Why did this woman from whom I descend become an anti-Chinese activist? I suspect her husband’s experiences in the cotton mill industry taught her about advantages of being classified as white in a racist society, and that her own experiences as a dark-complexioned professional dressmaker taught her to assert a white identity in order not to be confused with free mulattos. She had come to the U.S. to prosper in business rather than to transform society, so even if she questioned the moral basis of racism, she would have seen acting against it as being against her self-interest.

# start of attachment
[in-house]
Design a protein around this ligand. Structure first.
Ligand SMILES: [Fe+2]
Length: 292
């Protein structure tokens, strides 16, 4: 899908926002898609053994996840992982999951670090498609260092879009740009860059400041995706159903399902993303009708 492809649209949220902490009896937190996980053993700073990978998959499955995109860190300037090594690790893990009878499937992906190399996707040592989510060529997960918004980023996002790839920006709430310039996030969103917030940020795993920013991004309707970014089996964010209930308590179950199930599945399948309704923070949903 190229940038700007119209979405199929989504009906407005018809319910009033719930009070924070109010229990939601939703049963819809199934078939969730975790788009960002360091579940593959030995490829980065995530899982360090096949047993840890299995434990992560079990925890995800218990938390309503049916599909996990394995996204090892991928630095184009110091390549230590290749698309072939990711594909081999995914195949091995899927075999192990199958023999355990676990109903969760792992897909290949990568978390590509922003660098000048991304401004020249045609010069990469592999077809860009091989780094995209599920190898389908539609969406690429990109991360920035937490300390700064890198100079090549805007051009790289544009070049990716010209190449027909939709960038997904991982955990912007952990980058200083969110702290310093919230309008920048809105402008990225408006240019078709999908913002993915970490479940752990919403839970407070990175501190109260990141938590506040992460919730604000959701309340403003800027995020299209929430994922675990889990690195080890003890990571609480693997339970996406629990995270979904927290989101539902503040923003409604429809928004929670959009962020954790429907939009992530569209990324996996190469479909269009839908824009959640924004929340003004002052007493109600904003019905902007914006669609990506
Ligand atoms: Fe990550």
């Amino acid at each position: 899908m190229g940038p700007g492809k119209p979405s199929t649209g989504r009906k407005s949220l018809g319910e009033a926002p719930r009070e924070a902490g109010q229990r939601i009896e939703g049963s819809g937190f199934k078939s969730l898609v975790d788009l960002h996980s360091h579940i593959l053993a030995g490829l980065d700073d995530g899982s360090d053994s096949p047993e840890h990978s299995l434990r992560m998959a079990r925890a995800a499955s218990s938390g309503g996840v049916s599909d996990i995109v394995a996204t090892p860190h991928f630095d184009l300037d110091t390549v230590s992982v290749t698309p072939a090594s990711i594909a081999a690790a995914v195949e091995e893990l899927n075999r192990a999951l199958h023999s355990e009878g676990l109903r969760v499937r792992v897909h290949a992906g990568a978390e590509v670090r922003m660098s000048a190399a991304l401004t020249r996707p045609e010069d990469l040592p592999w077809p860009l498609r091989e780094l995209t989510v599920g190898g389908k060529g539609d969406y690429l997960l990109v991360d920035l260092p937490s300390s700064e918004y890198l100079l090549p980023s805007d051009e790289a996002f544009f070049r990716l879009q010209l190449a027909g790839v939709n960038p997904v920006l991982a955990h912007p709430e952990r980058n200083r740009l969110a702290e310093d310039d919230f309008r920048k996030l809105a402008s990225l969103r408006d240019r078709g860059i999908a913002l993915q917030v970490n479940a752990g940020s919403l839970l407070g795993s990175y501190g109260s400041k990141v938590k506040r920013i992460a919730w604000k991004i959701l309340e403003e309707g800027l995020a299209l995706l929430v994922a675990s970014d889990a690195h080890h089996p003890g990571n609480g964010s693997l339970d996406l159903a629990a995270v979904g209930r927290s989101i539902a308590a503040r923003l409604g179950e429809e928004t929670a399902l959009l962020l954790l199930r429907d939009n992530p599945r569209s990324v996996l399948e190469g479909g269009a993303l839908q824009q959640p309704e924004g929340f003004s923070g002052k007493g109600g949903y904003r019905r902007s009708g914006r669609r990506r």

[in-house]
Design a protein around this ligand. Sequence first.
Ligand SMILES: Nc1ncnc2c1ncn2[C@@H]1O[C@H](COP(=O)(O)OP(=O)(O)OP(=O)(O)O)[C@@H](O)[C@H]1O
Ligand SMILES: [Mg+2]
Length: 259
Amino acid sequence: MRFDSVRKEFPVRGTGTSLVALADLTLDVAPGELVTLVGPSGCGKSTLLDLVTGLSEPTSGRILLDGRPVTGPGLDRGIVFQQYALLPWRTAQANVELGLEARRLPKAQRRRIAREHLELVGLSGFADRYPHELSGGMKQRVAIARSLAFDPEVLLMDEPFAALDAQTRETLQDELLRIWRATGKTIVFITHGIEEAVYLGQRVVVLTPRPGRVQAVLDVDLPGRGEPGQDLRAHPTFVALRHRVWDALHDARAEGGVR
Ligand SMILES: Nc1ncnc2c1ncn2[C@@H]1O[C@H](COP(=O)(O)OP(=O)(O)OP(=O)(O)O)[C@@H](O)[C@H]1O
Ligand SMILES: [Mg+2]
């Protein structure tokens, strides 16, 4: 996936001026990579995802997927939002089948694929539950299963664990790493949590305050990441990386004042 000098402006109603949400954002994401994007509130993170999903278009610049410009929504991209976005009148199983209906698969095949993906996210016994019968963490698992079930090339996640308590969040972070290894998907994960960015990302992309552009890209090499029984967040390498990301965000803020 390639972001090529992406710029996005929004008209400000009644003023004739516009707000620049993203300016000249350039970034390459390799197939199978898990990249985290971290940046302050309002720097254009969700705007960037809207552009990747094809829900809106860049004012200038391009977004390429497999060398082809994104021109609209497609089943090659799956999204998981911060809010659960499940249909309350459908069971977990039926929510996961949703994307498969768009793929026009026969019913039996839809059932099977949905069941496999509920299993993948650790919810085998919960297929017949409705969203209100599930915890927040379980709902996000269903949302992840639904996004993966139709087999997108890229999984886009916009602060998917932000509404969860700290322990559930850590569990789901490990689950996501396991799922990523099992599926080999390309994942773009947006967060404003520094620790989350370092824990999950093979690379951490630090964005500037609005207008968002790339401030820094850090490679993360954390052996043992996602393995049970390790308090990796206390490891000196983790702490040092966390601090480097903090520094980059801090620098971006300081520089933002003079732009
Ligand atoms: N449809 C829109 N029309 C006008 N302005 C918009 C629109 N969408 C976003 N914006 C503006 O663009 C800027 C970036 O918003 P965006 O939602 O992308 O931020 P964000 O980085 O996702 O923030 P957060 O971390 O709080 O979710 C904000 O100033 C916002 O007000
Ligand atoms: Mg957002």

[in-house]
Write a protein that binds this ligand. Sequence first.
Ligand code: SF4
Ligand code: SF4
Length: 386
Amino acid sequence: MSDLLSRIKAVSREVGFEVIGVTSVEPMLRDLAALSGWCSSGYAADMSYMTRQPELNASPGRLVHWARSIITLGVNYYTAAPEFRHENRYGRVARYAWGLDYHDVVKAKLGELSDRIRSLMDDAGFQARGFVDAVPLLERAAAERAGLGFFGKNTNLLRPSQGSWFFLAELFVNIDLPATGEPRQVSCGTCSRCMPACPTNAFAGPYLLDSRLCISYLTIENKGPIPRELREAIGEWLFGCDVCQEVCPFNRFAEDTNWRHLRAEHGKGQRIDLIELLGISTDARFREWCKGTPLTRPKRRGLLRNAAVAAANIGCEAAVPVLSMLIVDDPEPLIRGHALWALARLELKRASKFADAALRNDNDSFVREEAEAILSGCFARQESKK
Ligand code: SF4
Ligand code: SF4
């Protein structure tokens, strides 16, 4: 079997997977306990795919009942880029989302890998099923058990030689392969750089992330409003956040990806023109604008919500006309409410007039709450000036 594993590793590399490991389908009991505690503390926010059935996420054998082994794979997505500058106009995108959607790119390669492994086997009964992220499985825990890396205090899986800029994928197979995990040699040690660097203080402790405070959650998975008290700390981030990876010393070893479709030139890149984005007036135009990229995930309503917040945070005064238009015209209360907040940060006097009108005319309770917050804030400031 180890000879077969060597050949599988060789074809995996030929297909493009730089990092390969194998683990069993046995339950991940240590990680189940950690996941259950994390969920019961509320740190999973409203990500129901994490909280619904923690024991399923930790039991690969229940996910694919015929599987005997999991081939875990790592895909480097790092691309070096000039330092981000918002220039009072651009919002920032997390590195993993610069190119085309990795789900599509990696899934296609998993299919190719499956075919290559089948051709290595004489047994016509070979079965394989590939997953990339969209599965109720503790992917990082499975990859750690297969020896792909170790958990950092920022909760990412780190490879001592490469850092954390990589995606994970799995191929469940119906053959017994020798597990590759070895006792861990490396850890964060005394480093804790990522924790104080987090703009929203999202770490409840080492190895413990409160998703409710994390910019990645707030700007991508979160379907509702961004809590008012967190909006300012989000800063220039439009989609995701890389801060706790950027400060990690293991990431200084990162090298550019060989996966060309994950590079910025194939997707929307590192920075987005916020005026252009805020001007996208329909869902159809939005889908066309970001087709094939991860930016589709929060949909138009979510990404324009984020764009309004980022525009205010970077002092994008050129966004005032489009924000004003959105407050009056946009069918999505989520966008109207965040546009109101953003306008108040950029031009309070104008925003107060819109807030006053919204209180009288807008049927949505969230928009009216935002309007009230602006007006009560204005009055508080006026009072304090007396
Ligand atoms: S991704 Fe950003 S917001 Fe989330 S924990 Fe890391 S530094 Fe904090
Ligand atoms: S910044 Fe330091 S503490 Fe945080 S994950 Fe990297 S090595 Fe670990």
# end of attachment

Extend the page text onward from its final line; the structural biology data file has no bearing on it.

This reinterpreted story makes me reflect on the work of teacher educators trying to prompt teacher candidates to examine themselves as culturally and historically located beings. A good thing to do, I believe. But like the story of my great-great-grandmother, when ancestors’ lives are interpreted within comfortable national narratives that air-brush out the construction of race and racism, students readily interpreted their lives within the narrative of people living in an open system, pulling themselves up by the bootstraps.

We cannot revise history, but we can learn from it. In order to do so, however, we need to situate historic events within a context of power relationships. The methodology of critical family history, described and illustrated here, offers a tool for doing so.